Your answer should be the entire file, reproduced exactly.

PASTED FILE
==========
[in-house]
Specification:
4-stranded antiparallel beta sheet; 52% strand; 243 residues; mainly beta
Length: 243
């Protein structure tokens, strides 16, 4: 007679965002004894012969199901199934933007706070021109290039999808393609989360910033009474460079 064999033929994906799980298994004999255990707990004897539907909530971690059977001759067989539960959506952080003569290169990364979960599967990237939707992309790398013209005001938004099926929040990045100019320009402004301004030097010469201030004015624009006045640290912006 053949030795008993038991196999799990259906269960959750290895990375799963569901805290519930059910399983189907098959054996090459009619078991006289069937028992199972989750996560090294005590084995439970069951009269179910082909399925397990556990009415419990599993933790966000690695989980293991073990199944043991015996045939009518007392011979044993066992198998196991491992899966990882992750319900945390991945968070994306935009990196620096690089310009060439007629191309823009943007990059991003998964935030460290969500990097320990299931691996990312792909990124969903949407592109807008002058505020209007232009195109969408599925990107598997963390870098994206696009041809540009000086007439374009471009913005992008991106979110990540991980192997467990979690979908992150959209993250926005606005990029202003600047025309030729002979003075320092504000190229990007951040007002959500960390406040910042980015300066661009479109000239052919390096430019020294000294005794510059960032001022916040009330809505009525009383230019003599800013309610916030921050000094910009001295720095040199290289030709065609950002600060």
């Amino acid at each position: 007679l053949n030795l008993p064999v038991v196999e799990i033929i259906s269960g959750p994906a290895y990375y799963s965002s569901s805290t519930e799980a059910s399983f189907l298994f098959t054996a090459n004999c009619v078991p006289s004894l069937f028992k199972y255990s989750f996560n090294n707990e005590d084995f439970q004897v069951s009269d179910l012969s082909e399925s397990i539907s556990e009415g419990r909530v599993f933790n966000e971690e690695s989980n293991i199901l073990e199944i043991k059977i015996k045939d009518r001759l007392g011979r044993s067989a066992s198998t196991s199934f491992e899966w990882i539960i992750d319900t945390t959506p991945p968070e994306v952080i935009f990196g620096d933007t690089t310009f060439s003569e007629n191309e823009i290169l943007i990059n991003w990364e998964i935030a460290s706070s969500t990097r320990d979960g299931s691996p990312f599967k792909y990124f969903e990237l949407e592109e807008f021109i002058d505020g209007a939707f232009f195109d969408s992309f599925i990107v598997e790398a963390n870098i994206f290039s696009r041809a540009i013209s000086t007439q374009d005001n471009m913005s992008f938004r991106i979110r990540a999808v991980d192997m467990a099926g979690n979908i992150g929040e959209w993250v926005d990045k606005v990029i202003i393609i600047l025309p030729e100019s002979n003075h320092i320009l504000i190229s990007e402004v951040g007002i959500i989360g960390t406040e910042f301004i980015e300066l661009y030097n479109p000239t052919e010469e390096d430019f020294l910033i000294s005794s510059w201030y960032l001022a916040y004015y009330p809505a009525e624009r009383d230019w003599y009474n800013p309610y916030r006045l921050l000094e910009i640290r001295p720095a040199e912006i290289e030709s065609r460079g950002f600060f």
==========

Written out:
[in-house]
Specification:
4-stranded antiparallel beta sheet; 52% strand; 243 residues; mainly beta
Length: 243
């Protein structure tokens, strides 16, 4: 007679965002004894012969199901199934933007706070021109290039999808393609989360910033009474460079 064999033929994906799980298994004999255990707990004897539907909530971690059977001759067989539960959506952080003569290169990364979960599967990237939707992309790398013209005001938004099926929040990045100019320009402004301004030097010469201030004015624009006045640290912006 053949030795008993038991196999799990259906269960959750290895990375799963569901805290519930059910399983189907098959054996090459009619078991006289069937028992199972989750996560090294005590084995439970069951009269179910082909399925397990556990009415419990599993933790966000690695989980293991073990199944043991015996045939009518007392011979044993066992198998196991491992899966990882992750319900945390991945968070994306935009990196620096690089310009060439007629191309823009943007990059991003998964935030460290969500990097320990299931691996990312792909990124969903949407592109807008002058505020209007232009195109969408599925990107598997963390870098994206696009041809540009000086007439374009471009913005992008991106979110990540991980192997467990979690979908992150959209993250926005606005990029202003600047025309030729002979003075320092504000190229990007951040007002959500960390406040910042980015300066661009479109000239052919390096430019020294000294005794510059960032001022916040009330809505009525009383230019003599800013309610916030921050000094910009001295720095040199290289030709065609950002600060």
């Amino acid at each position: 007679l053949n030795l008993p064999v038991v196999e799990i033929i259906s269960g959750p994906a290895y990375y799963s965002s569901s805290t519930e799980a059910s399983f189907l298994f098959t054996a090459n004999c009619v078991p006289s004894l069937f028992k199972y255990s989750f996560n090294n707990e005590d084995f439970q004897v069951s009269d179910l012969s082909e399925s397990i539907s556990e009415g419990r909530v599993f933790n966000e971690e690695s989980n293991i199901l073990e199944i043991k059977i015996k045939d009518r001759l007392g011979r044993s067989a066992s198998t196991s199934f491992e899966w990882i539960i992750d319900t945390t959506p991945p968070e994306v952080i935009f990196g620096d933007t690089t310009f060439s003569e007629n191309e823009i290169l943007i990059n991003w990364e998964i935030a460290s706070s969500t990097r320990d979960g299931s691996p990312f599967k792909y990124f969903e990237l949407e592109e807008f021109i002058d505020g209007a939707f232009f195109d969408s992309f599925i990107v598997e790398a963390n870098i994206f290039s696009r041809a540009i013209s000086t007439q374009d005001n471009m913005s992008f938004r991106i979110r990540a999808v991980d192997m467990a099926g979690n979908i992150g929040e959209w993250v926005d990045k606005v990029i202003i393609i600047l025309p030729e100019s002979n003075h320092i320009l504000i190229s990007e402004v951040g007002i959500i989360g960390t406040e910042f301004i980015e300066l661009y030097n479109p000239t052919e010469e390096d430019f020294l910033i000294s005794s510059w201030y960032l001022a916040y004015y009330p809505a009525e624009r009383d230019w003599y009474n800013p309610y916030r006045l921050l000094e910009i640290r001295p720095a040199e912006i290289e030709s065609r460079g950002f600060f």